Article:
The cultivation of seaweed as a feedstock for third generation biofuels is gathering interest in Europe, however, many questions remain unanswered in practise, notably regarding scales of operation, energy returns on investment (EROI) and greenhouse gas (GHG) emissions, all of which are crucial to determine commercial viability. This study performed an energy and GHG emissions analysis, using EROI and GHG savings potential respectively, as indicators of commercial viability for two systems: the Swedish Seafarm project's seaweed cultivation (0.5 ha), biogas and fertilizer biorefinery, and an estimation of the same system scaled up and adjusted to a cultivation of 10 ha. Based on a conservative estimate of biogas yield, neither the 0.5 ha case nor the up-scaled 10 ha estimates met the (commercial viability) target EROI of 3, nor the European Union Renewable Energy Directive GHG savings target of 60% for biofuels, however the potential for commercial viability was substantially improved by scaling up operations: GHG emissions and energy demand, per unit of biogas, was almost halved by scaling operations up by a factor of twenty, thereby approaching the EROI and GHG savings targets set, under beneficial biogas production conditions. Further analysis identified processes whose optimisations would have a large impact on energy use and emissions (such as anaerobic digestion) as well as others embodying potential for further economies of scale (such as harvesting), both of which would be of interest for future developments of kelp to biogas and fertilizer biorefineries.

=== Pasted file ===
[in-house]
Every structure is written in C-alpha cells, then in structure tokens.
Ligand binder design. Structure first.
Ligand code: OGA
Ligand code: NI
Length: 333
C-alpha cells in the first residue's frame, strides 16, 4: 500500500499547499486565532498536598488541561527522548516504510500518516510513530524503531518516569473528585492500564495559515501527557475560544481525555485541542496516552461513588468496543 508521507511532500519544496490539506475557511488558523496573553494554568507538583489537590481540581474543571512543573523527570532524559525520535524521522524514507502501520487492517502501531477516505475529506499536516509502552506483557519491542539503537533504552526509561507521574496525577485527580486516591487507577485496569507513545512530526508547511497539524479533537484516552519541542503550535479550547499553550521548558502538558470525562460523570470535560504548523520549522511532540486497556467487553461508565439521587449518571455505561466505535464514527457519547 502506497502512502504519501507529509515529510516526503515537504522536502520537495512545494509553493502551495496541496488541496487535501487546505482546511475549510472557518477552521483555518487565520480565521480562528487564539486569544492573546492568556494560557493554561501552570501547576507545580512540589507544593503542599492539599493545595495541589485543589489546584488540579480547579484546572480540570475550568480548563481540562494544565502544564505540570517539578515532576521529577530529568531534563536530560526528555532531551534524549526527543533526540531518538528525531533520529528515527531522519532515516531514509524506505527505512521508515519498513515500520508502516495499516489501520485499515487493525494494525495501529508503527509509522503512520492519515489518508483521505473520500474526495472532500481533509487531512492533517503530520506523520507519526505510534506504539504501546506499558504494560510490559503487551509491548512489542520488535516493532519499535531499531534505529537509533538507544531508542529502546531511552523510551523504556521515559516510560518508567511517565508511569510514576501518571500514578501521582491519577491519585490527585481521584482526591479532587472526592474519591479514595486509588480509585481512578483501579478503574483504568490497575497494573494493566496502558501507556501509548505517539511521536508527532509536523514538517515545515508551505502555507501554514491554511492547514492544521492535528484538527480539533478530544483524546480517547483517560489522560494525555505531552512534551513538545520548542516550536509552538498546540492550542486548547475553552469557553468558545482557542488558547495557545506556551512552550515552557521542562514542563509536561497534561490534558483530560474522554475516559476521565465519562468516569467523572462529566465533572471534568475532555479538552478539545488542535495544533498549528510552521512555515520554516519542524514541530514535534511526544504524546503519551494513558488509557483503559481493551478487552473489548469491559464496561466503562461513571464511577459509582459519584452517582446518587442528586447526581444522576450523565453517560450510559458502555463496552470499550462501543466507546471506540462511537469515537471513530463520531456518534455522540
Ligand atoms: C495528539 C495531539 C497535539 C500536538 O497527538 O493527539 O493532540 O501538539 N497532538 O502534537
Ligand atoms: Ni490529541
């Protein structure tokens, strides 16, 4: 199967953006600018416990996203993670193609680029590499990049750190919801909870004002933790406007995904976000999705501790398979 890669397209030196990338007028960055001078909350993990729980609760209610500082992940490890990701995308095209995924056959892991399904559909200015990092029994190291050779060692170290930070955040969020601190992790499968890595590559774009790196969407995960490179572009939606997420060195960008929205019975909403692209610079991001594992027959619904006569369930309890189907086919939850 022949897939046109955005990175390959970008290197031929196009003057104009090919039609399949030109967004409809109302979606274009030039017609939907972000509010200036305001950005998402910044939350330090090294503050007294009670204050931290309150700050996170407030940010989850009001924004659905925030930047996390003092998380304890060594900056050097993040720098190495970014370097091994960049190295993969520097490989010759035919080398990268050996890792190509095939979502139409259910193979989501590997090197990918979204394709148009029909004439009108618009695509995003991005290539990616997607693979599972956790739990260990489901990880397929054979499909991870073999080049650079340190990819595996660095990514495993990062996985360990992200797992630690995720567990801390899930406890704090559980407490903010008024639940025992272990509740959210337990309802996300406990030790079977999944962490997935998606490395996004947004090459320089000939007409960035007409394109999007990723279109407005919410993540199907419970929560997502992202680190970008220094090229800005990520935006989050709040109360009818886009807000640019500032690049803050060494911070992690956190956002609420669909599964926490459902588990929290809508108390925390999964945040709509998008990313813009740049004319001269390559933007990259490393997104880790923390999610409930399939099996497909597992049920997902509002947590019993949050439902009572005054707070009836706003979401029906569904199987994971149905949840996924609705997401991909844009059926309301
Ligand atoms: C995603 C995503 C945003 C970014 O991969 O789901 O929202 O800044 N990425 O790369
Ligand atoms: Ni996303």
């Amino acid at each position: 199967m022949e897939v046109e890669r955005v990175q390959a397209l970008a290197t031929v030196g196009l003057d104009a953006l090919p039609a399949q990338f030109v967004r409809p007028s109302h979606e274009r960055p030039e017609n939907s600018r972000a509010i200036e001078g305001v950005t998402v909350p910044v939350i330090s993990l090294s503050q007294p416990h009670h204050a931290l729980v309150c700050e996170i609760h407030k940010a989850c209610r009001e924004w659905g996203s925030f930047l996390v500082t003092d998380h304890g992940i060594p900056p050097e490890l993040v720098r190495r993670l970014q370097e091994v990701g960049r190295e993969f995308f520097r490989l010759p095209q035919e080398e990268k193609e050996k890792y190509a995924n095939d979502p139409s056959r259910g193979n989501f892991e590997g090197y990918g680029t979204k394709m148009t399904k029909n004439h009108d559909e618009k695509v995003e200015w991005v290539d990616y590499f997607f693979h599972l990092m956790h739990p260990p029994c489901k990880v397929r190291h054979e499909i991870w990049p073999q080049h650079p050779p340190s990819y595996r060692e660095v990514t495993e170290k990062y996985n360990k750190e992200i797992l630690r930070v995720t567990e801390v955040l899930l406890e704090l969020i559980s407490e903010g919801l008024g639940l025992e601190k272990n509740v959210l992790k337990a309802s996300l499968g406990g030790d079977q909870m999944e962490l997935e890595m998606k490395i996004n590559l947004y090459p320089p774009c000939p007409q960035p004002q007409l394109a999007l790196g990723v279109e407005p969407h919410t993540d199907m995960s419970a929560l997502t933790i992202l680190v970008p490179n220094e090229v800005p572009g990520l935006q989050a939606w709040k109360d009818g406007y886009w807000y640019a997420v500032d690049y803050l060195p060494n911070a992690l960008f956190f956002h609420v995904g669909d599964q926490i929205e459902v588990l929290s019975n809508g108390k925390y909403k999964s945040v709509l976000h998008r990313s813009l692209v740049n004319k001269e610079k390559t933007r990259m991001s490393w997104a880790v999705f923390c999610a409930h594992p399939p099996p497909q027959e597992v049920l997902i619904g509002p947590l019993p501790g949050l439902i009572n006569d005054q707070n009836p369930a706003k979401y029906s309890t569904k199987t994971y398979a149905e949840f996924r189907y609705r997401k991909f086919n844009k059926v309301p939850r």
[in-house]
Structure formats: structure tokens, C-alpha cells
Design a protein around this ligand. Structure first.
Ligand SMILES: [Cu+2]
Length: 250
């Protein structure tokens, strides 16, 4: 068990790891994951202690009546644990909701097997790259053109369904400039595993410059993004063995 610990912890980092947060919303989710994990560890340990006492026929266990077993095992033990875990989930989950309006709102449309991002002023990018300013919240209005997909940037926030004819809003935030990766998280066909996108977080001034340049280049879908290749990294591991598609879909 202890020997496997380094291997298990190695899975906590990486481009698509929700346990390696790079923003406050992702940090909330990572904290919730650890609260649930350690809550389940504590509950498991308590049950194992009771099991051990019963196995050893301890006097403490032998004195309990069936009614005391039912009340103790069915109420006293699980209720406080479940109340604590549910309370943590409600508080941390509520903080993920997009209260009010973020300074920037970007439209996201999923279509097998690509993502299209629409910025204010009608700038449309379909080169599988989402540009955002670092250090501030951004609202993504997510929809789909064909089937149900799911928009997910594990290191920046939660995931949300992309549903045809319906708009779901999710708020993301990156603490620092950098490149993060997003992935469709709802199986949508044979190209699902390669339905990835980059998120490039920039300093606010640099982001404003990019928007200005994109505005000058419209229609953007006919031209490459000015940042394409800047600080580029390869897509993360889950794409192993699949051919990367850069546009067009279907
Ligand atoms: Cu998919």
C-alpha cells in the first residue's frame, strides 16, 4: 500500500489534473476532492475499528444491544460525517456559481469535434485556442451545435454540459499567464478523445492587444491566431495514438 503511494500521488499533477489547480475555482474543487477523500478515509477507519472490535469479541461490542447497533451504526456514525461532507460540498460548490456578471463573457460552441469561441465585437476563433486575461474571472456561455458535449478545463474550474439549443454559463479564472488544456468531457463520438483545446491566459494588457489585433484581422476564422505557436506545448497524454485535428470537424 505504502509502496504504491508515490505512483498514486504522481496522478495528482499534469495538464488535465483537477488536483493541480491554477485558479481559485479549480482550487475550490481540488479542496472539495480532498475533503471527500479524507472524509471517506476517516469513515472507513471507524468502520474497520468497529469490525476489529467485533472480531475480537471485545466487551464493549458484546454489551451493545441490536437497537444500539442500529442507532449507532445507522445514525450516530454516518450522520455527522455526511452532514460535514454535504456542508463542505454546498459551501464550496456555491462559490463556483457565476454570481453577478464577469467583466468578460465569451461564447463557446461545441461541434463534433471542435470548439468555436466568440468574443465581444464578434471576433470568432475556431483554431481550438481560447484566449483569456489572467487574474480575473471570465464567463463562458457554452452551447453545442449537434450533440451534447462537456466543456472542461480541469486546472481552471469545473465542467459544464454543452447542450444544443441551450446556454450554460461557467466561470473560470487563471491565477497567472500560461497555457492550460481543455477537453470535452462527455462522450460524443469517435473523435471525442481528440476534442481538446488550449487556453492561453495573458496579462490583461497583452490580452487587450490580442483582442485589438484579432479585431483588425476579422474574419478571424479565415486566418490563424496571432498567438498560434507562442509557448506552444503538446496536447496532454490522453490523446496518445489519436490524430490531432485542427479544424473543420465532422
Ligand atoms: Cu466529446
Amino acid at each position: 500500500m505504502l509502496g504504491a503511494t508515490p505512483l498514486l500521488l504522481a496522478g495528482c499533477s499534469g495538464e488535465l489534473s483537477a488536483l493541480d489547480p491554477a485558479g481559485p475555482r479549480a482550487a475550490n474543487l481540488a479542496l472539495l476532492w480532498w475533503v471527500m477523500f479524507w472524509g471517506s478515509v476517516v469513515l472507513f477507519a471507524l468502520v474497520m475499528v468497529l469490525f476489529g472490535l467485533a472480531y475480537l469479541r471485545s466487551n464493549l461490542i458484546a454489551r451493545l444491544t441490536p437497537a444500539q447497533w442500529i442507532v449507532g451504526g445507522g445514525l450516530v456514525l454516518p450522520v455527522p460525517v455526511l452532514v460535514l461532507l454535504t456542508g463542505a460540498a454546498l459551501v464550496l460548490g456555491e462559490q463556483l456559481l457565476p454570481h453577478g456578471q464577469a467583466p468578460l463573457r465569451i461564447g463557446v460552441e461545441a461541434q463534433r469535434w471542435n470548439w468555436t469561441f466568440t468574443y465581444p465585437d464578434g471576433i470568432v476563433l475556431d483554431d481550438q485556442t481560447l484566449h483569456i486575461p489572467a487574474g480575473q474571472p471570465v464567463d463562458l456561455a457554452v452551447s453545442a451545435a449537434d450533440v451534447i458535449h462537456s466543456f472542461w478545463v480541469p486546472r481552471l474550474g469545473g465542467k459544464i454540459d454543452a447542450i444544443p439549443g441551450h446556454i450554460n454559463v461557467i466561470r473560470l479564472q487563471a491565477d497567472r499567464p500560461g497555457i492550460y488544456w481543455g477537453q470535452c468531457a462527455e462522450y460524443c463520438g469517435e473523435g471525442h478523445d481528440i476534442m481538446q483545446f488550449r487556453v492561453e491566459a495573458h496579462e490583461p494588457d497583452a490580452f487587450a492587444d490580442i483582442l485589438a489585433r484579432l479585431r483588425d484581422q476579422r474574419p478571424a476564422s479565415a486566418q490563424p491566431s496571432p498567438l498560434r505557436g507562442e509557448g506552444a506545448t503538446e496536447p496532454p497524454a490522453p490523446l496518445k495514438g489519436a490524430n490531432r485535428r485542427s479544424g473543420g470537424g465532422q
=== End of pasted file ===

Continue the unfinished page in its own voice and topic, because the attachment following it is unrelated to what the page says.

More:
• 2.
    Risén, Emma
    KTH, School of Architecture and the Built Environment (ABE), Sustainable development, Environmental science and Engineering, Industrial Ecology.
    Sustainability Aspects of Bioenergy and Nutrient Recovery from Marine Biomass: Baltic Sea case studies2014Doctoral thesis, comprehensive summary (Other academic)
    Abstract [en]